Friday, June 6, 2008
Looks like the superdelegates are headed towards a lovely finale, at least according to this piece from today's New York Times. Written by an astrophysicist, the article combines some fancy-pants math with the polls about our ever charming Democratic candidates and comes to the conclusion that right now, "if the general election were held today, Barack Obama would lose to John McCain, while Mr. McCain would lose to Mrs. Clinton."
Fun, right? I found this on realclearpolitics.com. They keep me incredibly busy at Connolley Bove Lodge & Hutz (I would love it if someone could explain why there are no commas between the names of this firm- I've been reading Eats, Shoots & Leaves by Lynn Truss, a deliciously sarcastic book on "The Zero Tolerance Approach to Punctuation." British humor par excellence... anyway, through perusal of said book, I've become attuned to stuff like this). I'm working in both the business office, and for various attorneys, so I have quite a bit of freedom to explore the various parts of a firm, and meet people. Everyone is friendly, the work is not too hard and its a lovely atmosphere, with the minor exception of a creepy clown poster, titled Exile on my coworkers desk.
The summer internship has been actually quite fun so far- there is a softball league down here in Wilmington, and hopefully this year we'll beat the Public Defenders to take the championship. Luckily, there is a rule mandating three girls on the field at all times, so the guys can't keep the fun all to themselves. Our star player happens to be the other domer at the firm, an attorney. His office is a testimony to the glory of our Alma Mater, complete with a golden helmet on display and vintage prints of the campus. Anyway, they pay for beer and pizza afterwards and its a good time in general.
Today, I've been thinking a lot about D-Day, (I'm finishing this on June 7th- but D-Day is the 6th). I used to love reading about World War II growing up, and listening to the stories of my grandparents and their friends. I hope that as we grow up and veterans are no longer alive to remind us, we continue to pray for the men who valiantly offered their lives on that day for their families, their country and for us.
Thursday, June 5, 2008
Having just cast my ballot here in New Mexico’s primary election, I wish to say a brief word concerning this year’s heated political season. Now, it is very important that I am the Rover’s Ethics and Religion editor and not its Politics editor. Yet, with Aristotle we must maintain that ethics and politics are inseparably tied.
My ethical/political contention for this election season is that despite the many issues of which one may be passionate, the most important is still abortion. Granted, I am not (nor have I ever been) a fan of the war in Iraq. To date, 4091 Americans have heroically lost their lives in this war effort lasting over 5 years. As horrible as this is, it is even more horrible that the same number of babies (~4000) are murdered everyday within this country, through the atrocity of abortion. As terrible as a bad economy and ridiculously high gas prices are, the human death toll among the most innocent infinitely outweighs any economic costs. Whatever one’s “pet issue” might be, abortion is vastly more important. Just looking at the numbers, abortion is the greatest tragedy that has ever befallen humanity—and this notwithstanding the heart-rending stories of those who suffer from the aftermath of abortion, especially the mothers.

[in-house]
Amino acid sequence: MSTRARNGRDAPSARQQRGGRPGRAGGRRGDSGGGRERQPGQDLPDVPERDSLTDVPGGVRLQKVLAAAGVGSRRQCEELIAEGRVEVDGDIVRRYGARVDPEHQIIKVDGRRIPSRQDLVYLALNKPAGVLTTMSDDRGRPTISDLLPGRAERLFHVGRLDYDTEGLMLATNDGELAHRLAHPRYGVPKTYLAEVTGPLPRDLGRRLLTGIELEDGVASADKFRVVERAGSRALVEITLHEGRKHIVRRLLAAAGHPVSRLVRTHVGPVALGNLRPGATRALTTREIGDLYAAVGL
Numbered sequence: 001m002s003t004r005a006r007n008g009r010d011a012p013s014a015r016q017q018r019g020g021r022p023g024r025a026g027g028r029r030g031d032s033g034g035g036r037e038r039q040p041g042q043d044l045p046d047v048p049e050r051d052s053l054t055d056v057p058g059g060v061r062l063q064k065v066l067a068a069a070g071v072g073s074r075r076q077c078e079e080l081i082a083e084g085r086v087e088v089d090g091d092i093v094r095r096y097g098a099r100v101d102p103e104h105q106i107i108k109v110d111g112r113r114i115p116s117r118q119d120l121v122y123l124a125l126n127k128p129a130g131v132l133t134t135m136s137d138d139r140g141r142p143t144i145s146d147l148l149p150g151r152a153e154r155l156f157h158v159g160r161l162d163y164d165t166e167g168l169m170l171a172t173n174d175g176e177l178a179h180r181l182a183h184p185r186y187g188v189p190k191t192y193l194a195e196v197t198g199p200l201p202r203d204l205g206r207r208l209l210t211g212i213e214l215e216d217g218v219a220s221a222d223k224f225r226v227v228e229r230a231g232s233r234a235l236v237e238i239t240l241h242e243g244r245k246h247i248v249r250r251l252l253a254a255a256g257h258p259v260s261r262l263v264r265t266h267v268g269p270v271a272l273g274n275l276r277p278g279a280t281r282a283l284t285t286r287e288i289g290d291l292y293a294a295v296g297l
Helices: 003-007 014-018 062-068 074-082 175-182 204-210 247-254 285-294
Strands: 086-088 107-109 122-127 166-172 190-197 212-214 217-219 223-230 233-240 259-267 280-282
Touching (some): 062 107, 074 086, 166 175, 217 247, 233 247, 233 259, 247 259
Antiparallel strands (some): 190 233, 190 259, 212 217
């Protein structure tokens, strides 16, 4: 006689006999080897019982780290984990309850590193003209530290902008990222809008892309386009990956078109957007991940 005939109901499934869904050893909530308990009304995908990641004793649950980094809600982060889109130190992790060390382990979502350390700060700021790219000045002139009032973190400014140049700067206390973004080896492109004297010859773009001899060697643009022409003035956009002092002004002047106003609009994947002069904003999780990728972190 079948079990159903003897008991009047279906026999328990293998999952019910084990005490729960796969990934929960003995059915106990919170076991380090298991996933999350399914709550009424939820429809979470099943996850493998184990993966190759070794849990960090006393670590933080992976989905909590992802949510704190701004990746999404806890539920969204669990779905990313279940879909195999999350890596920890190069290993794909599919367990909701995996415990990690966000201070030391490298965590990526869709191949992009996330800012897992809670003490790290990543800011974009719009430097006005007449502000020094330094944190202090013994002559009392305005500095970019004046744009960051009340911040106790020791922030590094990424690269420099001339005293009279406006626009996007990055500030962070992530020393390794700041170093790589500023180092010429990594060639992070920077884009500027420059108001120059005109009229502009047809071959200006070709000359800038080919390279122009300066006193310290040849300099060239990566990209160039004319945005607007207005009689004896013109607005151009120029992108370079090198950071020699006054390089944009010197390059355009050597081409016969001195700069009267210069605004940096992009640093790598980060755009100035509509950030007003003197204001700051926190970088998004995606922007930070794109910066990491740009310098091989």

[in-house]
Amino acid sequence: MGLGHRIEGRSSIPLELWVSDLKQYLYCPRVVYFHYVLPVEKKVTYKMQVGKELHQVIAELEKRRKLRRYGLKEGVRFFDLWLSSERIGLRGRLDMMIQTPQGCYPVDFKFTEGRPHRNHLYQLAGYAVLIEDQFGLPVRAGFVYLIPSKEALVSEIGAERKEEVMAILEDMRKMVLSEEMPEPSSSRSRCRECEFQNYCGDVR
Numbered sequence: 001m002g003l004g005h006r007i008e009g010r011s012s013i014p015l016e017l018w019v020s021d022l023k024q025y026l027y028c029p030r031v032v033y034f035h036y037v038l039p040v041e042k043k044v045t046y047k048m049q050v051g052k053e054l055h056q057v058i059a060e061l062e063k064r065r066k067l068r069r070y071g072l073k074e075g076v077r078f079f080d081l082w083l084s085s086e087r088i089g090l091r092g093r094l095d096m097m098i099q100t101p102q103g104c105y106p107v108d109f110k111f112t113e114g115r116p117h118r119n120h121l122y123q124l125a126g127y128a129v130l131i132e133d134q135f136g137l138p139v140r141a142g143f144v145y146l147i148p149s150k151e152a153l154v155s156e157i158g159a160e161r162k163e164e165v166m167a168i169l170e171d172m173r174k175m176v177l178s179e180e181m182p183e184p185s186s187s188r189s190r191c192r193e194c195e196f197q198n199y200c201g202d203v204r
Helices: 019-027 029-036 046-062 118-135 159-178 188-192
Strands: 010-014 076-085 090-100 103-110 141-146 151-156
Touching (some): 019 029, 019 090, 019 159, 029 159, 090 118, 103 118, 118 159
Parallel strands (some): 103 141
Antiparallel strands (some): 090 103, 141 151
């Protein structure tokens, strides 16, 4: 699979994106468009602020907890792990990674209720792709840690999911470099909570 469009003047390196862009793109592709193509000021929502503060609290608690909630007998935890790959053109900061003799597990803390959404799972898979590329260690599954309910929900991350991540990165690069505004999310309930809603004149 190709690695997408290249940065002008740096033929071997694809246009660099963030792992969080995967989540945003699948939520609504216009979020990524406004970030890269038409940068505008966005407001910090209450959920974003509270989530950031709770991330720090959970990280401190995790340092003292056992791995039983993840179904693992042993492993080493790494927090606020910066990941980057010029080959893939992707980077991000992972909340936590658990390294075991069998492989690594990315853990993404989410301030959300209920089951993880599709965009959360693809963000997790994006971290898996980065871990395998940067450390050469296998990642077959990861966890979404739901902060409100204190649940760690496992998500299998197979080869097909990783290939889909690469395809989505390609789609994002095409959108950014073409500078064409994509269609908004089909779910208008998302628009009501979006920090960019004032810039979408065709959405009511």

From a religious standpoint in regards to abortion, let me say a brief word about Ancient Israel’s idolatrous worship of the god, Moloch—this is a powerful apology for the Church’s position against abortion. It is abundantly clear that Church teaches that one absolutely cannot be both pro-choice and Catholic; if one is a Catholic one is, by definition, pro-life. But everybody knows this. Fewer people know about Moloch worship. Of all the “gods” who Ancient Israel continuously fell to in idolatry the worst was always Moloch. Recent archaeologists have discovered remains of this ancient near-eastern idol that can be read about in Leviticus chapter 20 (among other places). The idol stood erect with its hands joined and extended directly outward in front of its body by which it could “receive” its oblations. On its hands there were burning coals. Now what made this idol so bad was that the sacrifice offered to it was always a child sacrifice. One would put one’s child on the burning coals, where it would struggle until finally being burned to death.
In the Old Testament, God did not put up with this awful practice as more than anything else, Moloch worship brought down divine vengeance (and rightly so). Nor should we put up with abortion today, which is nothing other than a modified form of Moloch worship. The only difference is that we name our idol “convenience,” “finances,” “self-determination” and “choice,” instead of Moloch.Please, this election season, continue to do the right thing ethically and religiously. Please continue to vote for the pro-life candidate.
Wednesday, June 4, 2008
A recent rather thrilling experience caused me to reflect upon the notion of celebrity. A couple of weeks ago, Notre Dame celebrated the 10 year anniversary of her Dublin Programme, the programme I have been blessed to be a student in all year. We had four days of fabulous celebrations, field trips, lectures, and liturgies, offering us the opportunity to appreciate the strong ties Notre Dame has built with Ireland over the past ten years. The calibre of the Irish Studies and Irish Language and Literature faculty on Notre Dame's campus is unparalleled in Irish Studies in America, and that alone is impressive enough, but the relationship between Notre Dame and leading Irish intellectuals, politicians, and businessmen in Dublin is astounding. Case in point: in the space of four days, on account of their close relationship with the Dublin Programme, I was in close proximity to, and benefitted from the artistic endeavors of, Seamus Heaney, Stephen Rea, and the Chieftains.